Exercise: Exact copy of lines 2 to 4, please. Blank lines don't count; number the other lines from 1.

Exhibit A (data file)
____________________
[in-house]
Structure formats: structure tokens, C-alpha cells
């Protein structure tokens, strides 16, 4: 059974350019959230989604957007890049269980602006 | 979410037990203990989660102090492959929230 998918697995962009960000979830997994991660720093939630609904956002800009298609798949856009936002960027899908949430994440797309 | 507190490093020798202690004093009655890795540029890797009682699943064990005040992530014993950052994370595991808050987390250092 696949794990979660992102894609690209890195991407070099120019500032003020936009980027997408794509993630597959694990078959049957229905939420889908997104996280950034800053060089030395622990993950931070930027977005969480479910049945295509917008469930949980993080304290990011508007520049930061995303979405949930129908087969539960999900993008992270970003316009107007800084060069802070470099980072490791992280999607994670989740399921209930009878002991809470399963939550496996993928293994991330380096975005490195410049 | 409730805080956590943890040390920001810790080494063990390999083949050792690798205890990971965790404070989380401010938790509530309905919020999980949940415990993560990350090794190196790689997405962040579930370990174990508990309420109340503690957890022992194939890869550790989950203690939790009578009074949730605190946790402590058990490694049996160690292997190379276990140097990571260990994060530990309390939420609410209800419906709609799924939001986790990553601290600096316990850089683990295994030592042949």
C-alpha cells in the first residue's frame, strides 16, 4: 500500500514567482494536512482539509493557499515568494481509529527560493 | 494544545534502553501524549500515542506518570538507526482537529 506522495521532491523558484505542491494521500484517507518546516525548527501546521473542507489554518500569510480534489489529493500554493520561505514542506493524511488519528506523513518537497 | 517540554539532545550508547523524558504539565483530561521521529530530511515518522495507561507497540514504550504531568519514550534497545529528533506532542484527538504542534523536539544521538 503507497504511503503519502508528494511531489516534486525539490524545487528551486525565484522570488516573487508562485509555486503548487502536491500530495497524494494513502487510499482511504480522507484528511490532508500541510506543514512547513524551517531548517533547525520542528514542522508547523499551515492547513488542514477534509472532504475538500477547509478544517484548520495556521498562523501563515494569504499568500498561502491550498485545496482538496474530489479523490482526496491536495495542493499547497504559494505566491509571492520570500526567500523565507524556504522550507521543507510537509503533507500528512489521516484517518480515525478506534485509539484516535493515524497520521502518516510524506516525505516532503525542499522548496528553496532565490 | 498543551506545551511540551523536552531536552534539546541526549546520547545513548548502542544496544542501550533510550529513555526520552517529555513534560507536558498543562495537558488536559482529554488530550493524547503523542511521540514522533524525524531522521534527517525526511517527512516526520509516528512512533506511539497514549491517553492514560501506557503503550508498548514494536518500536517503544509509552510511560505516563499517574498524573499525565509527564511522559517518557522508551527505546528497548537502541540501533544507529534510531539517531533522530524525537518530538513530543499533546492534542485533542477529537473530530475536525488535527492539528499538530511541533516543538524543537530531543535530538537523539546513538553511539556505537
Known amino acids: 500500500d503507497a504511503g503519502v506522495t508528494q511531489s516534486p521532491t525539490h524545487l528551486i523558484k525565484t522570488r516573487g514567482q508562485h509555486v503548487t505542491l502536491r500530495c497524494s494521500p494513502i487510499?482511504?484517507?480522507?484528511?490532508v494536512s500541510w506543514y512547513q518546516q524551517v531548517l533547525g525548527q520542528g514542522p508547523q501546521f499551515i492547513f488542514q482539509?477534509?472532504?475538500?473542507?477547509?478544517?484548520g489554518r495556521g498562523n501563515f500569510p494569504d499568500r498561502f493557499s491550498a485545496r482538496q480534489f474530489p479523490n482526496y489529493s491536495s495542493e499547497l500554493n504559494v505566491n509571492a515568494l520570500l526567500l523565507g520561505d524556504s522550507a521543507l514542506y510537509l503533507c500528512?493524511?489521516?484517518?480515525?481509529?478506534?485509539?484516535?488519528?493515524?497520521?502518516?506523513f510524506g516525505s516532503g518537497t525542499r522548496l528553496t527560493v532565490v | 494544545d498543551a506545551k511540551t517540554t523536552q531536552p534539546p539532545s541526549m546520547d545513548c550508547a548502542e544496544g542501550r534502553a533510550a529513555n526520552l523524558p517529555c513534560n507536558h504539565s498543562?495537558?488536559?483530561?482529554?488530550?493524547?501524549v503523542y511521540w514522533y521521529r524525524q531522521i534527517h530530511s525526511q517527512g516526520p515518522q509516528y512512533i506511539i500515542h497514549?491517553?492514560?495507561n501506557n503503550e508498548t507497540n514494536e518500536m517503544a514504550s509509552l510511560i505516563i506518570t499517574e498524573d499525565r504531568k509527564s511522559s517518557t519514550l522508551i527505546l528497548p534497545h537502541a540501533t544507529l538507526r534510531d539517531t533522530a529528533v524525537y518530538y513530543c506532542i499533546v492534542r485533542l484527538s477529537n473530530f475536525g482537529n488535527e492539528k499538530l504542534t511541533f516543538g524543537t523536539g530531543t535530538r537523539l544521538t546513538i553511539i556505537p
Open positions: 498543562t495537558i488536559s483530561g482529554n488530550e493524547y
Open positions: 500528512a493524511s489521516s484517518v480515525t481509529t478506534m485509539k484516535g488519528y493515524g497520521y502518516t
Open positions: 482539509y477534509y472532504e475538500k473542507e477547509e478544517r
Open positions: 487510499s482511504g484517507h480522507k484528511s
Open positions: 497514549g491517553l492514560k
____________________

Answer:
Structure formats: structure tokens, C-alpha cells
């Protein structure tokens, strides 16, 4: 059974350019959230989604957007890049269980602006 | 979410037990203990989660102090492959929230 998918697995962009960000979830997994991660720093939630609904956002800009298609798949856009936002960027899908949430994440797309 | 507190490093020798202690004093009655890795540029890797009682699943064990005040992530014993950052994370595991808050987390250092 696949794990979660992102894609690209890195991407070099120019500032003020936009980027997408794509993630597959694990078959049957229905939420889908997104996280950034800053060089030395622990993950931070930027977005969480479910049945295509917008469930949980993080304290990011508007520049930061995303979405949930129908087969539960999900993008992270970003316009107007800084060069802070470099980072490791992280999607994670989740399921209930009878002991809470399963939550496996993928293994991330380096975005490195410049 | 409730805080956590943890040390920001810790080494063990390999083949050792690798205890990971965790404070989380401010938790509530309905919020999980949940415990993560990350090794190196790689997405962040579930370990174990508990309420109340503690957890022992194939890869550790989950203690939790009578009074949730605190946790402590058990490694049996160690292997190379276990140097990571260990994060530990309390939420609410209800419906709609799924939001986790990553601290600096316990850089683990295994030592042949």
C-alpha cells in the first residue's frame, strides 16, 4: 500500500514567482494536512482539509493557499515568494481509529527560493 | 494544545534502553501524549500515542506518570538507526482537529 506522495521532491523558484505542491494521500484517507518546516525548527501546521473542507489554518500569510480534489489529493500554493520561505514542506493524511488519528506523513518537497 | 517540554539532545550508547523524558504539565483530561521521529530530511515518522495507561507497540514504550504531568519514550534497545529528533506532542484527538504542534523536539544521538 503507497504511503503519502508528494511531489516534486525539490524545487528551486525565484522570488516573487508562485509555486503548487502536491500530495497524494494513502487510499482511504480522507484528511490532508500541510506543514512547513524551517531548517533547525520542528514542522508547523499551515492547513488542514477534509472532504475538500477547509478544517484548520495556521498562523501563515494569504499568500498561502491550498485545496482538496474530489479523490482526496491536495495542493499547497504559494505566491509571492520570500526567500523565507524556504522550507521543507510537509503533507500528512489521516484517518480515525478506534485509539484516535493515524497520521502518516510524506516525505516532503525542499522548496528553496532565490 | 498543551506545551511540551523536552531536552534539546541526549546520547545513548548502542544496544542501550533510550529513555526520552517529555513534560507536558498543562495537558488536559482529554488530550493524547503523542511521540514522533524525524531522521534527517525526511517527512516526520509516528512512533506511539497514549491517553492514560501506557503503550508498548514494536518500536517503544509509552510511560505516563499517574498524573499525565509527564511522559517518557522508551527505546528497548537502541540501533544507529534510531539517531533522530524525537518530538513530543499533546492534542485533542477529537473530530475536525488535527492539528499538530511541533516543538524543537530531543535530538537523539546513538553511539556505537